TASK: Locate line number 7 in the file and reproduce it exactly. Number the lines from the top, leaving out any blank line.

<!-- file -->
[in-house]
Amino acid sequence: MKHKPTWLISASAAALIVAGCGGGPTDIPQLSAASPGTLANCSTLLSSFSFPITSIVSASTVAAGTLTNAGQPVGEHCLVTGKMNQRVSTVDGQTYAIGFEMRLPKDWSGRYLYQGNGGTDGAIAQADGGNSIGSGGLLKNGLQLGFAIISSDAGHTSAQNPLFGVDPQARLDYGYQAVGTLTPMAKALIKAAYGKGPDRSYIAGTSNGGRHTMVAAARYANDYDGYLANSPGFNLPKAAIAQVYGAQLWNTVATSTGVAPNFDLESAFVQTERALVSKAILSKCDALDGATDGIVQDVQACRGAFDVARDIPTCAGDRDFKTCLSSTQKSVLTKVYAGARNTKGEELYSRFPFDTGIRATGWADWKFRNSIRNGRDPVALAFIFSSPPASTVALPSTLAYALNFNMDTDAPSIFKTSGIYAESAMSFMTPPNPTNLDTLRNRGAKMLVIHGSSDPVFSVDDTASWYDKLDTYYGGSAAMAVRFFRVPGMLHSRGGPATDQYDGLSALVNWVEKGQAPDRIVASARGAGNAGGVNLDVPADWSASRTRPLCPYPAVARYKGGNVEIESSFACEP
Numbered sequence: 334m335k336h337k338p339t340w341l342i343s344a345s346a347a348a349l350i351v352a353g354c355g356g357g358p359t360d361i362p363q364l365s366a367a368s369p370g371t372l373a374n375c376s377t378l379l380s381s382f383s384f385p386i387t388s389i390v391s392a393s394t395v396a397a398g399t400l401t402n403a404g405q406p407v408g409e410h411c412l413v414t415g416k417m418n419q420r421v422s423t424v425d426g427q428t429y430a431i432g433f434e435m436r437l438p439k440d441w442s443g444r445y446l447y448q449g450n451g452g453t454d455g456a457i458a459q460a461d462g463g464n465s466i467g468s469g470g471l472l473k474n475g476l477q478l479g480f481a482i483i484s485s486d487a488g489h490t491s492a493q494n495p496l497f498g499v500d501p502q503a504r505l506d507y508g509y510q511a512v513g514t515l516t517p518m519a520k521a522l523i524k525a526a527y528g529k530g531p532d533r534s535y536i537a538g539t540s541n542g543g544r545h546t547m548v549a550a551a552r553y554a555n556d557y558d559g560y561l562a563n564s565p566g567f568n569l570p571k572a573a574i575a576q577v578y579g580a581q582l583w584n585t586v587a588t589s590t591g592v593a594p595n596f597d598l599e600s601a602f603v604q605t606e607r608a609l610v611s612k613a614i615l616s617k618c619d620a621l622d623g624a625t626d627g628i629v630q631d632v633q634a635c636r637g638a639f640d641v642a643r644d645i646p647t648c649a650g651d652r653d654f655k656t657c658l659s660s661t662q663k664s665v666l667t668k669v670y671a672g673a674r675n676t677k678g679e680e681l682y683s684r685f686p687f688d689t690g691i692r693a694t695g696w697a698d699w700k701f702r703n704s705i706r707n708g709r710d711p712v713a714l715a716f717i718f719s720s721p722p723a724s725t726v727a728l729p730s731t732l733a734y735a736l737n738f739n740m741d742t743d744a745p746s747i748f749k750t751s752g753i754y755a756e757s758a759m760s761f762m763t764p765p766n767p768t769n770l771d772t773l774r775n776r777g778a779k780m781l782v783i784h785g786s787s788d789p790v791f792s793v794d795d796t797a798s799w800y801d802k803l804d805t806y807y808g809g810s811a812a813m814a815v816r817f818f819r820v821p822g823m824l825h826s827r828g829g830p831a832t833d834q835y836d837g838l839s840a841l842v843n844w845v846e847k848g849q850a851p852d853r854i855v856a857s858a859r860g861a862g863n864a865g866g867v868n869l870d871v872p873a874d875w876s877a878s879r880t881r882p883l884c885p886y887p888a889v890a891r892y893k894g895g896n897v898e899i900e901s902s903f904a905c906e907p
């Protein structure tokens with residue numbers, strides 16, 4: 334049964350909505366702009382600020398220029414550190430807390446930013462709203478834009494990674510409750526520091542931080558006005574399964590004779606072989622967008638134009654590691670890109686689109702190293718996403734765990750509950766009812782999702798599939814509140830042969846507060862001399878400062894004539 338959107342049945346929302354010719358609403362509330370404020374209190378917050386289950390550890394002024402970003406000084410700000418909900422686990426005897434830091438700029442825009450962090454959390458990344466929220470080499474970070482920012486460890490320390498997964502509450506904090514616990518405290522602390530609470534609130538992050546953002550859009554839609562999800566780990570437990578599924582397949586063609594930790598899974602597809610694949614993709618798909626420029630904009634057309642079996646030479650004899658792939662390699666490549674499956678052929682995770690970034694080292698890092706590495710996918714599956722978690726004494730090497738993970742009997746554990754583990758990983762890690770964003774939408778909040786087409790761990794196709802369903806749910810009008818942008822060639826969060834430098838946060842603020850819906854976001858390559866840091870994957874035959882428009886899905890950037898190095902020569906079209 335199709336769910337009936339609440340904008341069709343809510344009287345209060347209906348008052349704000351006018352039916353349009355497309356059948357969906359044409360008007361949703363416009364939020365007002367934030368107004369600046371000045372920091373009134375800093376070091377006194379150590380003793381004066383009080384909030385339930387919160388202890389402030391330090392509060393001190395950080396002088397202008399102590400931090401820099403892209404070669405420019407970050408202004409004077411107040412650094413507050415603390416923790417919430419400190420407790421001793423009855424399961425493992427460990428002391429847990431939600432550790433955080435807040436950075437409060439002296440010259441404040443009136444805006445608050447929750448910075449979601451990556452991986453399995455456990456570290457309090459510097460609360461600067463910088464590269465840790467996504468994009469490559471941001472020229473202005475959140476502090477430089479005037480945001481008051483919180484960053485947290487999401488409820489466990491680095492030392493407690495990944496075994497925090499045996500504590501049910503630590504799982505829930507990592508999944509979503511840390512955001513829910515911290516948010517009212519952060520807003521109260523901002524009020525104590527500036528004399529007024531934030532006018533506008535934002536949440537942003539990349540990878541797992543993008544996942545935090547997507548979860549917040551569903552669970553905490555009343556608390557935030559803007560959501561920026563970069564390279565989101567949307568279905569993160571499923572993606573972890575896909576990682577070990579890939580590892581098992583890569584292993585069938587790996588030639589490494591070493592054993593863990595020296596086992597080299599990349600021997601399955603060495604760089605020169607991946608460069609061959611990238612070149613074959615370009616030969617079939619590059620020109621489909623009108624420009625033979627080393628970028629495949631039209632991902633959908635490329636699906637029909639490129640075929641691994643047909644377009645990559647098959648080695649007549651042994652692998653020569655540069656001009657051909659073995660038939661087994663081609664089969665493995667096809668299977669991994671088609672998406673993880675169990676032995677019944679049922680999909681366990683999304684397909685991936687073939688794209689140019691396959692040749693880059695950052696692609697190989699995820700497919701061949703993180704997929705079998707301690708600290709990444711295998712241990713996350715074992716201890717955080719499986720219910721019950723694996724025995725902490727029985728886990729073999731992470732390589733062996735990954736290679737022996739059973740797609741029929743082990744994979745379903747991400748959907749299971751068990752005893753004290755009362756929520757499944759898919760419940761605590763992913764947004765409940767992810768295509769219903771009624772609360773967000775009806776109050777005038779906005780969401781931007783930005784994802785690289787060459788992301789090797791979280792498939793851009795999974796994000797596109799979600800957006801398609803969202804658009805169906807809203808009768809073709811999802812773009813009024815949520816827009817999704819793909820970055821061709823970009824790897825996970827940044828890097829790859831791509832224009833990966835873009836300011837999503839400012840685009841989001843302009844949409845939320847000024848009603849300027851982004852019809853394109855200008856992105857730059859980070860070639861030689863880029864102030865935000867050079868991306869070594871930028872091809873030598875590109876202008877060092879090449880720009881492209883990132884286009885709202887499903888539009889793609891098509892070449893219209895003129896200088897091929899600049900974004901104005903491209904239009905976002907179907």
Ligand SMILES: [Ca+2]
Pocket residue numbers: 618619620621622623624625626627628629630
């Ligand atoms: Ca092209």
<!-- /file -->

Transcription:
């Ligand atoms: Ca092209």